He consumes out of fear of falling behind - not living up to the ideal - not fitting into the prestigious bubble of yuppie-culture. “Unable to maintain a credible public persona, I find myself roaming in the zoo […]” (p. 1, l. 12) Here his other side takes over, Bateman’s real identity, the serial killer. Following the stream of endless consumption has not brought him happiness, only a loss of identity, which has led him to create another one. The serial killer’s happiness seems to be directly tied to the amount of suffering he can cause, a sort of reverse hedonistic utilitarianism. Two examples of this: “It’s not the seals I hate - it’s the audience’s enjoyment of them that bothers me.” (p. 2, l. 20) and “Though I am satisfied at first by my actions, I’m suddenly jolted with a mournful despair at how useless, how extraordinarily painless, it is to take a child’s life. […] It’s so much worse (and more pleasurable) taking a life of someone […] whose death will upset far more people whose capacity for grief is limitless than a child’s would, perhaps ruin many more lives than just the meaningless, puny death of this boy.” (p. 3, l. 41)

Through setting, metaphors and character, Bret Easton Ellis, paints a horrid picture of a society of endless consumption, where the natural joys have been contaminated and the individuality and identity lost. Patrick Bateman’s answer to this problem is to simply steal happiness from others, by creating another identity, the serial killer, which is in turn only possible in this society, where everything is taken at face value. ( )
  Alfred2003 | Jan 15, 2021 |
disturbing and yet also really boring.. I feel like I'm missing something as it didn't really live up to expectations and didn't really make a lot of sense to me ( )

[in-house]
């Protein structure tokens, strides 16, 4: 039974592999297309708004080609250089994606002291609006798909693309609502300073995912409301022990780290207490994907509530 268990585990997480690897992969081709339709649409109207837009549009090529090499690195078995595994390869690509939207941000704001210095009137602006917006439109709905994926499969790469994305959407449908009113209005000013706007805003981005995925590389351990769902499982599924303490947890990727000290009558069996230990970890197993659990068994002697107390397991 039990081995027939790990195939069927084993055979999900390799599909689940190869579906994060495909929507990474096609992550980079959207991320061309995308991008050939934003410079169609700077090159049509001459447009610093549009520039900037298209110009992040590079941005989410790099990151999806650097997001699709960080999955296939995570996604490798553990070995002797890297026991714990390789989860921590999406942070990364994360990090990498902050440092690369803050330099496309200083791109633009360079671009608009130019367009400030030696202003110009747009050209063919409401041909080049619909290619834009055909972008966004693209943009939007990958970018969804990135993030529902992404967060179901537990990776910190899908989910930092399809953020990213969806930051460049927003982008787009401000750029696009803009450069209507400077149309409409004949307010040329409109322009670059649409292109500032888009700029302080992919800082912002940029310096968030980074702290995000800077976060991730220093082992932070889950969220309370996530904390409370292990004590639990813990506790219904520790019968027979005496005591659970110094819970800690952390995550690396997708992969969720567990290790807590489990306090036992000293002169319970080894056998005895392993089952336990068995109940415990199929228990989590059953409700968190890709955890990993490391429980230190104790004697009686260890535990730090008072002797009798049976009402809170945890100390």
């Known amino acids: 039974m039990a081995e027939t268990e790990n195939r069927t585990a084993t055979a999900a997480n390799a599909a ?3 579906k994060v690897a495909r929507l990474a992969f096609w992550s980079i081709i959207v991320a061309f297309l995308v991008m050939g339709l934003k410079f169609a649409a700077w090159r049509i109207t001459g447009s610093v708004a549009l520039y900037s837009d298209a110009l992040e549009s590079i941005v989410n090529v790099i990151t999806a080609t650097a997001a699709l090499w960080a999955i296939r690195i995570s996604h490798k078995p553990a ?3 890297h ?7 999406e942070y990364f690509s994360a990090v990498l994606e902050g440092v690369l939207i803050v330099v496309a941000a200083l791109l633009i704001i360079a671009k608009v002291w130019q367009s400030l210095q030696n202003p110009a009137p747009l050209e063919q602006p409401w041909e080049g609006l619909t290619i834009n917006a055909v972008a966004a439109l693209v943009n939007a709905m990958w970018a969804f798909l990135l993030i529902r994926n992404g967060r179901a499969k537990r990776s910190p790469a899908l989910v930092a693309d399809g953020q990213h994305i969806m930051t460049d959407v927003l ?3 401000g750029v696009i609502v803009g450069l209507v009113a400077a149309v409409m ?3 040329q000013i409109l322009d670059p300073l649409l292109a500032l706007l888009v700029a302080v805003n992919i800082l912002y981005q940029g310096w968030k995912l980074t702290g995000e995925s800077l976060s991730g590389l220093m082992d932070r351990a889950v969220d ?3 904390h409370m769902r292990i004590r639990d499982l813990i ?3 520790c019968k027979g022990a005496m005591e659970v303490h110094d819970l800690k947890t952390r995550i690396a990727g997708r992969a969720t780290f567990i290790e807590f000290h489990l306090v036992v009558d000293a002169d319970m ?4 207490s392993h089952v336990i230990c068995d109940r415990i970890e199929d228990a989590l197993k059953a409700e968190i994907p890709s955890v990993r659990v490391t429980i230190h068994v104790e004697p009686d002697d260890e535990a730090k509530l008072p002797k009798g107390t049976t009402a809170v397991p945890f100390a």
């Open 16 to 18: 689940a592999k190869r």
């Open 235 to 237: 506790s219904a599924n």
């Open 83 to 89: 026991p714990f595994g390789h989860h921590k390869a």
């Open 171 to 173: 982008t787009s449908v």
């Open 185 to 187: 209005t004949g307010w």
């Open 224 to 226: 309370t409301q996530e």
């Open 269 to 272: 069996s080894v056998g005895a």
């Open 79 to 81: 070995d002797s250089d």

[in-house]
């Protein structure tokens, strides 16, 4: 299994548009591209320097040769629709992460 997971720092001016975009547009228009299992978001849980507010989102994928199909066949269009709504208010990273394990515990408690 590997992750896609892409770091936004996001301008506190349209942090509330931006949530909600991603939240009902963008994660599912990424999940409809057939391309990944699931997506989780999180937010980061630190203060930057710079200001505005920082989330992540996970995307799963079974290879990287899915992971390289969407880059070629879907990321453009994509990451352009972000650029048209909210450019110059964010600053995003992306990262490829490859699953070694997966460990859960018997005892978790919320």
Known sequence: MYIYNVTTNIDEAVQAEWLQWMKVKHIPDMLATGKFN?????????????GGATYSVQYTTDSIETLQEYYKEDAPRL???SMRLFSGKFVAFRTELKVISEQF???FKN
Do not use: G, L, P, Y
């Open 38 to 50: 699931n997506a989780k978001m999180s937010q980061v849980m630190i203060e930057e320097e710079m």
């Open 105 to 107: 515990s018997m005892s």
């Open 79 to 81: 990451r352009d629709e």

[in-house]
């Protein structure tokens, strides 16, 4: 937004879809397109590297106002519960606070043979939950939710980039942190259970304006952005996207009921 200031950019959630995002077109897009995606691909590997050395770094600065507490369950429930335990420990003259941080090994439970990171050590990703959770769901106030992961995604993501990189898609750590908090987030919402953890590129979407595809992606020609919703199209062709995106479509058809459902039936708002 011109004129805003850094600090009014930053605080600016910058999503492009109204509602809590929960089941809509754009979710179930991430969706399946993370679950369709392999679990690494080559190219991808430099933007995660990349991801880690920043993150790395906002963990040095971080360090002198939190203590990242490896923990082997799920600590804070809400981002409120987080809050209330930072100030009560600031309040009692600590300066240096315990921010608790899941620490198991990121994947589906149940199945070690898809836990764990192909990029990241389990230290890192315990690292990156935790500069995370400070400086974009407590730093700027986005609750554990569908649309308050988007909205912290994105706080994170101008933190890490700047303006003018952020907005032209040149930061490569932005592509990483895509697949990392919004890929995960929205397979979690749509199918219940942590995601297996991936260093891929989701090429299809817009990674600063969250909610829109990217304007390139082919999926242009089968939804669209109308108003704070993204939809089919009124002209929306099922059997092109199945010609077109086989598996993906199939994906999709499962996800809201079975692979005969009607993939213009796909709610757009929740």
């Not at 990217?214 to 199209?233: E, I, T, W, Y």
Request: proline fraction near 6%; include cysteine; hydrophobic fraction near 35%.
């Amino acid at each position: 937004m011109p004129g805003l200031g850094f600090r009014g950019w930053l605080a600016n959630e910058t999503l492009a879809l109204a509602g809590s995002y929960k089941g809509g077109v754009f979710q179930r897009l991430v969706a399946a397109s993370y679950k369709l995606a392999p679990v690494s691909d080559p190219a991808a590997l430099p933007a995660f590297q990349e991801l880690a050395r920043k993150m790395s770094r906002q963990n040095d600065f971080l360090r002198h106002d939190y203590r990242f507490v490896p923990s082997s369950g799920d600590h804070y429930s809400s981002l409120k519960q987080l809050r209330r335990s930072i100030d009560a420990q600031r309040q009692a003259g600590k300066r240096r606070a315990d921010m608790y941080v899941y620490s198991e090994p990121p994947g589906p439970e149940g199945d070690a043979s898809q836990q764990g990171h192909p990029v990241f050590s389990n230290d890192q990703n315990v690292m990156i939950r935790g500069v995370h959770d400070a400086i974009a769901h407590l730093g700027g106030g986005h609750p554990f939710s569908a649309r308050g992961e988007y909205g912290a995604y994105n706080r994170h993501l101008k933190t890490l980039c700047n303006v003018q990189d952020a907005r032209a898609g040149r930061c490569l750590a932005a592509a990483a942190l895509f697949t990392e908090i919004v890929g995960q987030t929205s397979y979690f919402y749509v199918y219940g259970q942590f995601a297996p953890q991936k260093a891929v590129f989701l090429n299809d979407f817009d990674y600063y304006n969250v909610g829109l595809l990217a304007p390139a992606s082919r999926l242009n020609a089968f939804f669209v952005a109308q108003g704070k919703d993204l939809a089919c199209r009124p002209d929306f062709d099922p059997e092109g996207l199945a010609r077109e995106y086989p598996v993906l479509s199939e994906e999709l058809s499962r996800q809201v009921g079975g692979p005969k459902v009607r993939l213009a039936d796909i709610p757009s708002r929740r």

zacchaeus | Dec 26, 2020 |
Showing 1-5 of 222 (next | show all)
You get the feeling that Mr. Ellis began writing his novel with a single huge emotion of outrage, and that he never in his three years of working on it paused to modulate that emotion or to ask if it was helping to construct an imaginary world. How else could he have written scenes so flat and tedious that the reader wants to scream? Surely not with profit or exploitation in mind. If so, commercialism has never before produced anything so boring.
 
Where Bonfire owed some part of its success to the reassurance it offered the rich—“You may be silly,” Wolfe was saying in effect, “but, brother, the people down at the bottom are unspeakably worse”—Ellis’s novel inverts the equation. I cannot recall a piece of fiction by an American writer that depicts so odious a ruling class—worse, a young ruling class of Wall Street princelings ready, presumably, by the next century to manage the mighty if surrealistic levers of our economy...

If the extracts of American Psycho are horrendous, therefore, when taken out of context, that is Ellis’s fault. They are, for the most part, simply not written well enough. If one is embarked on a novel that hopes to shake American society to the core, one has to have something new to say about the outer limits of the deranged—one cannot simply keep piling on more and more acts of machicolated butchery.
added by SnootyBaronet | editVanity Fair, Norman Mailer